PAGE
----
J. James Wager, Education Strategist and Industry Guru |
| Jun 25, 2019
The traditional standard bearer demonstrating academic success has been the good old “sheep skin”; the diploma representing completion of a degree program. New opportunities and demands in today’s results-driven environment are introducing other measures of success.
A few years ago, I had the privilege of leading an external evaluation for a moderate size state college that was located near several national universities. The college’s Provost shared with me his competitive advantage vision that was both dramatic and insightful. He recognized the college could not directly compete with these national universities because of their size, reputation, resources, and facilities. But his school could do something that these national universities could not accomplish. As part of the curricular process, each graduate of the college completed BOTH a baccalaureate degree and a professional certificate related to their major. This dual approach of degree and certificate provided their graduates with a strong competitive advantage. Clever!
The Lumina Foundation states, “Too many Americans are failing to graduate college. Why? In part, because our assumptions about them are wrong. Most of us envision college students as 18- to 21-year-olds fresh out of high school. That's no longer the reality.” According to the National Center for Educational Statistics (NCES), the enrollment rate of students over the age of 25 is growing faster than for students under the age of 25. Over 30 schools included in the U.S. News Best Colleges rankings had enrollments greater than 50% of students over the age of 25, with many exceeding 75%. Clearly the age demographic in the U.S, higher education sector is changing, as are the graduation expectations of the students.
Certificate programs from colleges and universities are not new, in fact, some programs were introduced over a century ago though correspondence study. In today’s environment, and especially with adult students, the growth and impact of certificate programs have been significant. As contrasted to traditional baccalaureate degree programs, certificate programs require less time and credits to complete, focus on a specific topic eliminating “general education” type courses, are designed to master or refresh a skill, are available at both undergraduate and graduate levels, are offered both on-ground and on-line, and earned credits can be transferred to a degree program.
This flexibility and application has created high demand for quality certificate programs at the baccalaureate, masters, and doctorate levels. Hundreds of schools, including big names such as Johns Hopkins, Harvard, George Washington, and Stanford, have intentionally focused on the creation and delivery of new certificate programs. Areas of study are very diverse and include curriculums such as cybersecurity, regulatory compliance, computer forensics, health information management, and many more.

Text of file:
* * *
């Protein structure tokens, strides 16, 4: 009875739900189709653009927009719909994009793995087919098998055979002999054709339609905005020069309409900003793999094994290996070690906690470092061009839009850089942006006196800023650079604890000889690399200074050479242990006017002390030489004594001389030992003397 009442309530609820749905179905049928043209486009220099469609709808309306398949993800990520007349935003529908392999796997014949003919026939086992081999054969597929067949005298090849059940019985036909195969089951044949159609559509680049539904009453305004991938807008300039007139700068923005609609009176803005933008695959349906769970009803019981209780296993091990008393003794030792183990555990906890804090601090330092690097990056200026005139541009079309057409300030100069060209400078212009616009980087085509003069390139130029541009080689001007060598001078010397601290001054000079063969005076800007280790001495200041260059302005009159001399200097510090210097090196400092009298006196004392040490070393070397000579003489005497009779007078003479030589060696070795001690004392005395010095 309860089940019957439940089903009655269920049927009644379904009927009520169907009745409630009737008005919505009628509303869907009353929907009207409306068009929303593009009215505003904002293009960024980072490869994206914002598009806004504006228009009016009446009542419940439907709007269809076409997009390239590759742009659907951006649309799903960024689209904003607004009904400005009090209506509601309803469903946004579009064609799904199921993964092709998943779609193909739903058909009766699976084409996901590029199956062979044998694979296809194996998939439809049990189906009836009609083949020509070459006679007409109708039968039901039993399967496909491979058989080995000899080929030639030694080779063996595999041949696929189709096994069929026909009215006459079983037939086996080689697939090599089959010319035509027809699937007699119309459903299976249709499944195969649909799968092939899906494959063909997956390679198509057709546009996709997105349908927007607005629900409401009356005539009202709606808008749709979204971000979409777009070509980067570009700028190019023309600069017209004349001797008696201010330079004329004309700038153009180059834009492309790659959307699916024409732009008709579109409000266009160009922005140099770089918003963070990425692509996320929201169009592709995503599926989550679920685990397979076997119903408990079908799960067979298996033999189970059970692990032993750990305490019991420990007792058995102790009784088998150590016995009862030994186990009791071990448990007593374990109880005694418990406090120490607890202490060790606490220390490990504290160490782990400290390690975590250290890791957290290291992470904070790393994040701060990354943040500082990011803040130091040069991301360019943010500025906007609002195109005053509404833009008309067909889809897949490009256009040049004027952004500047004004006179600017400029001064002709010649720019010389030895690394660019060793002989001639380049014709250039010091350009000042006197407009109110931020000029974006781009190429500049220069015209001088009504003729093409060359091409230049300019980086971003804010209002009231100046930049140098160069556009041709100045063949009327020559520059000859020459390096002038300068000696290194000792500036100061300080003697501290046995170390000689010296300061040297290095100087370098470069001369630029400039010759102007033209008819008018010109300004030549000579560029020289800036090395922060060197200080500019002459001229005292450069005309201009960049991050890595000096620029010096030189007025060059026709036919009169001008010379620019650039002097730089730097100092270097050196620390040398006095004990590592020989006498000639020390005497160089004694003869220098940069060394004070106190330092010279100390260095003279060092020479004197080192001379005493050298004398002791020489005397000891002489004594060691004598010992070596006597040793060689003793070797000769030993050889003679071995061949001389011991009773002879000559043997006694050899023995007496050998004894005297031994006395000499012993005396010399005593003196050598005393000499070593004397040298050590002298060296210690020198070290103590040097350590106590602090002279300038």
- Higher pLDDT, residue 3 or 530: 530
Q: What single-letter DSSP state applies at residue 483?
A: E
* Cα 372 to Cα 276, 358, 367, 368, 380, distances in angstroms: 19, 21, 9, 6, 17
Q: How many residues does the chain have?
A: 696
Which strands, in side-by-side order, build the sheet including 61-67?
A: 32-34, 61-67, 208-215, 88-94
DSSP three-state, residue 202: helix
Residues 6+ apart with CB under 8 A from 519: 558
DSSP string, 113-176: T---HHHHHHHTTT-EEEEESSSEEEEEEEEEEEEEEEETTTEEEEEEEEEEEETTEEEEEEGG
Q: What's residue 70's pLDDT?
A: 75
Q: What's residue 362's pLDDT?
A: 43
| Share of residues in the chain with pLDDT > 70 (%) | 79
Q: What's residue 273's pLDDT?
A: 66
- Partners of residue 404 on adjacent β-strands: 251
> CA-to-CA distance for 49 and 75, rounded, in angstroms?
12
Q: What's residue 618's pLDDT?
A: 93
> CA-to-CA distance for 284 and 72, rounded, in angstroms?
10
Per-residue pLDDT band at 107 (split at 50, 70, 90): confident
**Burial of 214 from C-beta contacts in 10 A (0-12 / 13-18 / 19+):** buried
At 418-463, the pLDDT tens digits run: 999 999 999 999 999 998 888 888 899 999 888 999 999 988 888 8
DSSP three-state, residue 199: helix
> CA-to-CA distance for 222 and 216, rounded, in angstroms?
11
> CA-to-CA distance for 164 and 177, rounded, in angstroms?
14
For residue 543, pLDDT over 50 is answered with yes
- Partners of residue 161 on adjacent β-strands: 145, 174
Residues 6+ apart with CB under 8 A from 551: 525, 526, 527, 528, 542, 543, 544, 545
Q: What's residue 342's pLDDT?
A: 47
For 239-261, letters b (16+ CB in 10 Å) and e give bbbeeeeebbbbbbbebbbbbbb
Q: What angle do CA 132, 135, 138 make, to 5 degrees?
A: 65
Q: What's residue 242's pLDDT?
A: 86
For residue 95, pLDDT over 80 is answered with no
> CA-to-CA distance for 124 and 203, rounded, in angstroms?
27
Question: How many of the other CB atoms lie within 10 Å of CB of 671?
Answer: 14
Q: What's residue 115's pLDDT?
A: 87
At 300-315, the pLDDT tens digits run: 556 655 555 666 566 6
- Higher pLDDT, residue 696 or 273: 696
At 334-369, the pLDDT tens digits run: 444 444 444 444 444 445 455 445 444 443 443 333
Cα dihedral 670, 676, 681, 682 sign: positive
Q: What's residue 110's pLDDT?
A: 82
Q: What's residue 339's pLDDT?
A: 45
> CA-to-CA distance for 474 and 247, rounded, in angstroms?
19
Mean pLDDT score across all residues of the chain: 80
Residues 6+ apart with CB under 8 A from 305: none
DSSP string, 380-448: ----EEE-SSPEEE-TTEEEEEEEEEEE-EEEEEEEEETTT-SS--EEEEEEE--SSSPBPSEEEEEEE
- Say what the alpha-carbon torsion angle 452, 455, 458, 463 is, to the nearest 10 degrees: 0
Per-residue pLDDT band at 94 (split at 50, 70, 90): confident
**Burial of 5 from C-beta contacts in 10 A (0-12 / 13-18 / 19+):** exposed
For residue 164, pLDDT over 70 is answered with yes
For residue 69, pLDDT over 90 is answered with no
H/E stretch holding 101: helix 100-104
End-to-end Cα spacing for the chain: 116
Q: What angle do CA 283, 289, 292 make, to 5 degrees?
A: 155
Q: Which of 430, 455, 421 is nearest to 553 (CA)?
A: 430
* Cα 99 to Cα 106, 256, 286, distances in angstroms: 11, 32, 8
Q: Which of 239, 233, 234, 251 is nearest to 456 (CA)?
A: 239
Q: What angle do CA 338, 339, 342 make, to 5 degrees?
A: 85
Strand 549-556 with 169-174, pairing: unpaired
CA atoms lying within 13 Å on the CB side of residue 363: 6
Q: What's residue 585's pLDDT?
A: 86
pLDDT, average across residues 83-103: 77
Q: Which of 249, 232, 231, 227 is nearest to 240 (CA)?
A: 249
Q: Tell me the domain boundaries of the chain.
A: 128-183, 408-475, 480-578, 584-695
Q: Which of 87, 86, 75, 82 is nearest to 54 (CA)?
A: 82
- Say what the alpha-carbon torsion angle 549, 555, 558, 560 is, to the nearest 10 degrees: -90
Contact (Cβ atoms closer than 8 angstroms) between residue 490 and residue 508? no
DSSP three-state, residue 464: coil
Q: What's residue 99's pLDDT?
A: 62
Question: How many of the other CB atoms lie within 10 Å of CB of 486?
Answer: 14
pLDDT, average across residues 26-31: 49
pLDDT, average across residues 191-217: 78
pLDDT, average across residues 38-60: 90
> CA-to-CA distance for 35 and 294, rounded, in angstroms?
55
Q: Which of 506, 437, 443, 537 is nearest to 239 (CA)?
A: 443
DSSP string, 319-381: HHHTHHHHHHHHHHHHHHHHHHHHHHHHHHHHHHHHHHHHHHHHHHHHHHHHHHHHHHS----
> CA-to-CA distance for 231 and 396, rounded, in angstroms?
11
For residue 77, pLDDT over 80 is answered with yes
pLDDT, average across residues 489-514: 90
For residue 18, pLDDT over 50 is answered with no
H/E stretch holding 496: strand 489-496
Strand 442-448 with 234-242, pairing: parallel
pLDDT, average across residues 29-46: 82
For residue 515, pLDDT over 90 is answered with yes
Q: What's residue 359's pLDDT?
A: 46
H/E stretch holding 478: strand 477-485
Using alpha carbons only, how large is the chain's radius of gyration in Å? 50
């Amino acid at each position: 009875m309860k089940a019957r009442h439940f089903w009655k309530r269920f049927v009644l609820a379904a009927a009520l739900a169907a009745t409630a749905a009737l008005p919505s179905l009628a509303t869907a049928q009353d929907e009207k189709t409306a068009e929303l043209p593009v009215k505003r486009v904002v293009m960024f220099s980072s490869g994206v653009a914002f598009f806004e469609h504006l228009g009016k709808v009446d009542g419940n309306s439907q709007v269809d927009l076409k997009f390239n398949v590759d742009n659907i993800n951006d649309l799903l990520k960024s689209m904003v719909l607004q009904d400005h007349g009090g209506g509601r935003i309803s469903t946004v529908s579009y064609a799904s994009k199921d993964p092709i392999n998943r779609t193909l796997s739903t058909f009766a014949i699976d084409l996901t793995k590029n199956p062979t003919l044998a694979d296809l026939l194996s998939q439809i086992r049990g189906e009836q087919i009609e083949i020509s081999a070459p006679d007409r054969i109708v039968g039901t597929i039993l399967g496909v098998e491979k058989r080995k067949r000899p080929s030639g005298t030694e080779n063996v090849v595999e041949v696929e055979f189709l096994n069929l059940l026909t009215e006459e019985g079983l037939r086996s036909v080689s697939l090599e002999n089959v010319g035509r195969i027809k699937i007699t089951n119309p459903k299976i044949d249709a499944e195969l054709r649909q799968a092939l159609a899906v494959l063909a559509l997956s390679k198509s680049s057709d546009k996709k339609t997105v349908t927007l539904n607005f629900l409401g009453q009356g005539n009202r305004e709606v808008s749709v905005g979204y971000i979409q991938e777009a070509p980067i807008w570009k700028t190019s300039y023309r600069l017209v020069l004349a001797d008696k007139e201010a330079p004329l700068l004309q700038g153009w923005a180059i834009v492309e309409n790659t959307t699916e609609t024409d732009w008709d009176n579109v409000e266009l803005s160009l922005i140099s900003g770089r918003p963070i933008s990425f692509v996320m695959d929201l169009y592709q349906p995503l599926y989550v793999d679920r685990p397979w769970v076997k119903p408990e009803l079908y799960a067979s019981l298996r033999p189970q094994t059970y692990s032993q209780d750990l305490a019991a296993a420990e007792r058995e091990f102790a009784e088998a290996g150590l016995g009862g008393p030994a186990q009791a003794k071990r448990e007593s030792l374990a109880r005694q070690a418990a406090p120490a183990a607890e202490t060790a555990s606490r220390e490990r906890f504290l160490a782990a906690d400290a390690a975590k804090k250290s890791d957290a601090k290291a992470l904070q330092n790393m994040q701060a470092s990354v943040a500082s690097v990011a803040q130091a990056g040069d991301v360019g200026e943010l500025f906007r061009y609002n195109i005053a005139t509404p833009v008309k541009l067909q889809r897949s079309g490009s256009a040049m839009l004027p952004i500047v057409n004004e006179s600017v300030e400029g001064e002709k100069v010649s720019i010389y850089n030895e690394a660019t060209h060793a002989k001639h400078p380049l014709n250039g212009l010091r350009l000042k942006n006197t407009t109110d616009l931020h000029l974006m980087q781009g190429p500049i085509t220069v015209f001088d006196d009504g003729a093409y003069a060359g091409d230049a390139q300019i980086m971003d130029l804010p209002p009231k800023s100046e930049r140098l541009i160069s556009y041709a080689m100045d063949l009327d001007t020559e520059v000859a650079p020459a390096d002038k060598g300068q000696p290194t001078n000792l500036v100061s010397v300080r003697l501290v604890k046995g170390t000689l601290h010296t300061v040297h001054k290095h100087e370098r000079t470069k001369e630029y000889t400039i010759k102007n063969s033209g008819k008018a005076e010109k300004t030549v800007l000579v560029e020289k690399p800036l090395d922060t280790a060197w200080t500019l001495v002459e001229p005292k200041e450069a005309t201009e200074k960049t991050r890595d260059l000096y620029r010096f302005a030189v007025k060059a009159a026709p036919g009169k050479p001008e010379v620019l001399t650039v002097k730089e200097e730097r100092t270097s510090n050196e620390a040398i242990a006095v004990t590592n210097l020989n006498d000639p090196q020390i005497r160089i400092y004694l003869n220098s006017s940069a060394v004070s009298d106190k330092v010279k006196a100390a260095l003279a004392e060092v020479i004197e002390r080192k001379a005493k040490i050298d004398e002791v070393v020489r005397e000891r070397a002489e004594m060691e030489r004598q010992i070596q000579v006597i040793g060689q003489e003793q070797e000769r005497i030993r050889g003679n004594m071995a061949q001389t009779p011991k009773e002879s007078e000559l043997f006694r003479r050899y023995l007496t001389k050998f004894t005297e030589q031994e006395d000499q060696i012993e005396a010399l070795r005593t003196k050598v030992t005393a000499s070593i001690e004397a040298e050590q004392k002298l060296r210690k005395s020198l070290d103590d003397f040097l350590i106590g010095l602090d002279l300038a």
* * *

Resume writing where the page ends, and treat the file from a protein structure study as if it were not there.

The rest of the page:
At the associate degree level, certificates are providing work force opportunities in areas such as property management, paralegal, real estate, digital photography, human services, bookkeeping/payroll, and hundreds of applied life skills that enhance current employment or prepare the student for a career change.
At all levels, it is common for professionals to extend their professional licensing or certification through the completion of certificate programs. In fact, the awarding of certificates has become the fastest growing academic credential.
Despite the growing need of the workforce and the availability of certificate programs by the academy, some view certificates as underrepresenting student success:
- There remains a stigma that the awarding of a certificate is at best a step-child to the awarding of a degree.
- The proliferation of certificates issued by diploma mills and non-accredited schools adds to the negative perceptions of certificates in general.
- In too many cases, certificates are issued by a department office and cannot be verified by the school’s registrar.
- Transcripts typically do not adequately describe the certificate program.
- Printed certificates may more resemble a document prepared on the student’s desktop and local printer and not a school issued document.
A recent study conducted by the Georgetown University Center on Education and the Workforce made several interesting conclusions regarding certificate programs, including:
- Certificates represent 22 percent of all college awards, up from only 6 percent three decades ago.
- For 10 percent of American workers, a certificate is the highest form of post-high school education.
- Collegiate certificates are time-in-classroom based, while industry based certifications are awarded based on proficiency.
- More than a third of certificate holders also have an earned (associate, baccalaureate, or graduate) degree.
- Certificate/diploma holders earn more than their counterparts with only a diploma.
So, are certificate programs lessening the brand? There is growing evidence that indicates just the opposite. But there is also a growing demand on schools and registrars to adequately and completely present the important value of certificate programs with the same rigor and authentication techniques that are applied to the academic transcript.